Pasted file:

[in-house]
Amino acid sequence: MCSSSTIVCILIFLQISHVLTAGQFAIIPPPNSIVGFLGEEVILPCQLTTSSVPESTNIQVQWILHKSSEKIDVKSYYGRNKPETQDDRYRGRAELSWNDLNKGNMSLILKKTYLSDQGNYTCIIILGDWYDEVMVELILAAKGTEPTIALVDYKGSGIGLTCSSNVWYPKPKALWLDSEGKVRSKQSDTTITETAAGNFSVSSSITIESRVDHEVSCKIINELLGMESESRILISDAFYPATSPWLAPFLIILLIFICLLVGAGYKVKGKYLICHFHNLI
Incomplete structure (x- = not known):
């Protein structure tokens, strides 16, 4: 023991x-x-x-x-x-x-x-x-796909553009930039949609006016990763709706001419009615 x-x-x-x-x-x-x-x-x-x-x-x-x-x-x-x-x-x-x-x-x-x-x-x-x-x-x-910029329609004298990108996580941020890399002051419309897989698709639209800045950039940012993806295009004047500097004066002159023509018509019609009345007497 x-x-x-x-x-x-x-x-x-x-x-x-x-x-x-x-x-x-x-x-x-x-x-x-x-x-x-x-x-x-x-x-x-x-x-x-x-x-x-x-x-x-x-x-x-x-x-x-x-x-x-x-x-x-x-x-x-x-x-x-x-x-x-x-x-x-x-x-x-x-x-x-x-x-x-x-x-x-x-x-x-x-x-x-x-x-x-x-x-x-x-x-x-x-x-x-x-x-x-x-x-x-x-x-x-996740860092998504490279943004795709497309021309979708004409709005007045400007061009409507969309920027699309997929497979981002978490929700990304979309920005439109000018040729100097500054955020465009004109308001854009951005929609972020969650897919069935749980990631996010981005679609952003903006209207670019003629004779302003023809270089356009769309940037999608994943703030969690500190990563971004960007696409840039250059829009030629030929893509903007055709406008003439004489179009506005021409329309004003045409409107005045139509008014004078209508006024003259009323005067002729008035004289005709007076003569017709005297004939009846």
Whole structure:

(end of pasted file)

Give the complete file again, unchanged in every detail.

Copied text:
[in-house]
Amino acid sequence: MCSSSTIVCILIFLQISHVLTAGQFAIIPPPNSIVGFLGEEVILPCQLTTSSVPESTNIQVQWILHKSSEKIDVKSYYGRNKPETQDDRYRGRAELSWNDLNKGNMSLILKKTYLSDQGNYTCIIILGDWYDEVMVELILAAKGTEPTIALVDYKGSGIGLTCSSNVWYPKPKALWLDSEGKVRSKQSDTTITETAAGNFSVSSSITIESRVDHEVSCKIINELLGMESESRILISDAFYPATSPWLAPFLIILLIFICLLVGAGYKVKGKYLICHFHNLI
Incomplete structure (x- = not known):
């Protein structure tokens, strides 16, 4: 023991x-x-x-x-x-x-x-x-796909553009930039949609006016990763709706001419009615 x-x-x-x-x-x-x-x-x-x-x-x-x-x-x-x-x-x-x-x-x-x-x-x-x-x-x-910029329609004298990108996580941020890399002051419309897989698709639209800045950039940012993806295009004047500097004066002159023509018509019609009345007497 x-x-x-x-x-x-x-x-x-x-x-x-x-x-x-x-x-x-x-x-x-x-x-x-x-x-x-x-x-x-x-x-x-x-x-x-x-x-x-x-x-x-x-x-x-x-x-x-x-x-x-x-x-x-x-x-x-x-x-x-x-x-x-x-x-x-x-x-x-x-x-x-x-x-x-x-x-x-x-x-x-x-x-x-x-x-x-x-x-x-x-x-x-x-x-x-x-x-x-x-x-x-x-x-x-996740860092998504490279943004795709497309021309979708004409709005007045400007061009409507969309920027699309997929497979981002978490929700990304979309920005439109000018040729100097500054955020465009004109308001854009951005929609972020969650897919069935749980990631996010981005679609952003903006209207670019003629004779302003023809270089356009769309940037999608994943703030969690500190990563971004960007696409840039250059829009030629030929893509903007055709406008003439004489179009506005021409329309004003045409409107005045139509008014004078209508006024003259009323005067002729008035004289005709007076003569017709005297004939009846």
Whole structure: